Science has explained a lot of the last few hundred years, quite a few false starts, quite a lot of strange ideas taken seriously – phlogiston and the ether for example, all attempts to explain, all failures rejected, some may yet prove to be failures. The main thing is Science seeks the truth wherever it leads

          If you are in the second group you base your theories and investigations on the idea that there is an ultimate Cause and that you have books inspired by the personification of the cause(r) your observations are interpreted in the light of those writings, if it is not in those writings, those scriptures, then there must be something wrong with the observations. For example if you are committed to a biblical time scale anything outside of that time scale must be wrong, the fossils tell lies, and so on, this is not science this is distortion.

          I have said before that science with its constant search for explanations may actually find this God of yours, if such an entity exist, while so called Creation science, stuck in a fixed idea will never advance.

          • Entech 11:29
            Nice description of the science. I only wish the actual practice of science followed the theory you describe. In the end scientists are people and act like it.

            I always wonder why you and Jon assume that the Christian God is not Allah and every other God?

          • Of course, scientists are only human and therefore fallible and sometimes inclined to act on what they would like to believe instead of what they can demonstrate to be believable. But there are too many in the field(s) that won’t let them get away with it.
            Exactly the opposite to some people who will tell you that they know, regardless of evidence or reason, and, get huge followings to believe with them.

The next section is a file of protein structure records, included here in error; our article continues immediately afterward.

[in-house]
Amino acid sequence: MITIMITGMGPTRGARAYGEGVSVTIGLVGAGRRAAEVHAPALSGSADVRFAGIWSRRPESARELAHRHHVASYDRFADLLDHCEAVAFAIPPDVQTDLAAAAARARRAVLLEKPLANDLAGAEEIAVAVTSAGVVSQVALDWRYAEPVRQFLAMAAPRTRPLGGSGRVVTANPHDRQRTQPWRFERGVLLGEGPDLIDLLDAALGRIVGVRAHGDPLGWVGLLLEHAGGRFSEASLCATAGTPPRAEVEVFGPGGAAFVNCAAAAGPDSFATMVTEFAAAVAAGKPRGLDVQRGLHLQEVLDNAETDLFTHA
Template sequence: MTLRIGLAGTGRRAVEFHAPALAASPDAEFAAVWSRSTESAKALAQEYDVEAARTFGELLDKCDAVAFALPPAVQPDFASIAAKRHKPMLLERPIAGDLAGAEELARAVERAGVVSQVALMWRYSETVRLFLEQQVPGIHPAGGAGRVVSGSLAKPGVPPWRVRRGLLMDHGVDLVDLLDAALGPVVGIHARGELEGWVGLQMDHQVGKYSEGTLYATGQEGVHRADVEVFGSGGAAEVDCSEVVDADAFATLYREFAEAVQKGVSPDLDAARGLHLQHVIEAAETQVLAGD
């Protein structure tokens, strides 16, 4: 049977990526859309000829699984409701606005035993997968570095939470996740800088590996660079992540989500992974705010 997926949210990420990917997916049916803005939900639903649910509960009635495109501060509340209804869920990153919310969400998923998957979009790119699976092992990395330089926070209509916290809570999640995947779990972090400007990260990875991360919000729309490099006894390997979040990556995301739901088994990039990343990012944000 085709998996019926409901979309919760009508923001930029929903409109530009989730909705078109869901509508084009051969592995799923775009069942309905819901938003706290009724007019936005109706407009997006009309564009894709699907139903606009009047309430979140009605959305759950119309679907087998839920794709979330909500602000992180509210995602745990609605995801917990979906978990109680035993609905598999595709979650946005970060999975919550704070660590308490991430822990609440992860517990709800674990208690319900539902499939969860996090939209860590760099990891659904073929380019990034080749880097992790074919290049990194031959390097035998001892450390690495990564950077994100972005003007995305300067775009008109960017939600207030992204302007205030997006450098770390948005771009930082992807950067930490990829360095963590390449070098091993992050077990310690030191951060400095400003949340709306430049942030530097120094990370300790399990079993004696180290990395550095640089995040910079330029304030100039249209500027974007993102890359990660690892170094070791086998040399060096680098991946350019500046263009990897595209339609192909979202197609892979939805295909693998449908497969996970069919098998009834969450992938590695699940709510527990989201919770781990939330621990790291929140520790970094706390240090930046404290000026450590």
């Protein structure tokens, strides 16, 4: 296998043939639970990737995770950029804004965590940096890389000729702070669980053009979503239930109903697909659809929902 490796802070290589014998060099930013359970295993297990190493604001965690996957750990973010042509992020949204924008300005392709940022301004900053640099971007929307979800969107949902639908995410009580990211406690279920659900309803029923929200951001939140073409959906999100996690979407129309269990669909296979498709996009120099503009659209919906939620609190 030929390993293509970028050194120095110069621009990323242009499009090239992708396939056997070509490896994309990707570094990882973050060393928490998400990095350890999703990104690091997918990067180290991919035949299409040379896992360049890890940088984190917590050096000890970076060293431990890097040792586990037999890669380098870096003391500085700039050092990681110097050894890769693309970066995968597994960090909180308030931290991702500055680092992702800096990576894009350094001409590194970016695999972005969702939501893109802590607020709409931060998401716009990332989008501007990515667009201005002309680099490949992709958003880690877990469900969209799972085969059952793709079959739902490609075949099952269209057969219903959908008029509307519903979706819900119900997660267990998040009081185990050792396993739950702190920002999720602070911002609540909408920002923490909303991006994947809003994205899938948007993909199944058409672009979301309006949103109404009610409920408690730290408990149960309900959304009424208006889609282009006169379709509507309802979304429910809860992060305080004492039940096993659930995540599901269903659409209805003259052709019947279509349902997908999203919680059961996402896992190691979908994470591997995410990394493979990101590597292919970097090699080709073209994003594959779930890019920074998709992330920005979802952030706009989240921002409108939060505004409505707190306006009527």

Mainly because most Christians that write here tell us that is so. Going from Abrahamic belief I tried to say that God and Allah were the same entity, heavily stomped on – you are the only one that has even suggested that they might be the same entity.

          • A good example of searching wherever it leads is the current data on the Higgs particle. An as yet confirmed part of the Standard Model, a description of the elementary particles and forces. Popularly known as the God Particle, the term came from a book that spoke of the Goddam particle, so called because it was so hard to find – American publishers worried about backlash about blasphemy truncated it. The latest analysis is about to be released, with a lot of speculation beforehand.
            This is what CERN is all about, they have narrowed the range where it could be found if it exists, they will not be making any positive statement exists or not until they have reduced the possibility of chance being significant to a very small figure, last year they said the possibility of chance entering the result was 0.13% they want about 6 zeros after the decimal place before thinking about being anywhere near positive.

            The interesting part is seeing the people that have been working on this for years, some of the older guys and gals say they would be disappointed to find that there life’s work was wrong, some of the young ones actually seemed excited by the idea that it was all wrong and time to start again.
            We will know more on 4th July (interesting date to choose to release the findings) and the result will be accepted regardless of any personal theories, hopes or dreams.

            A bit of humour creeps in sometimes, Dawkins was talking recently about one of his many books, this one had something about CERN and the Large Hadron Collider, somehow the printers had transposed the d and the r in hadron, he tried to convince the proof-reader to overlook it but no deal.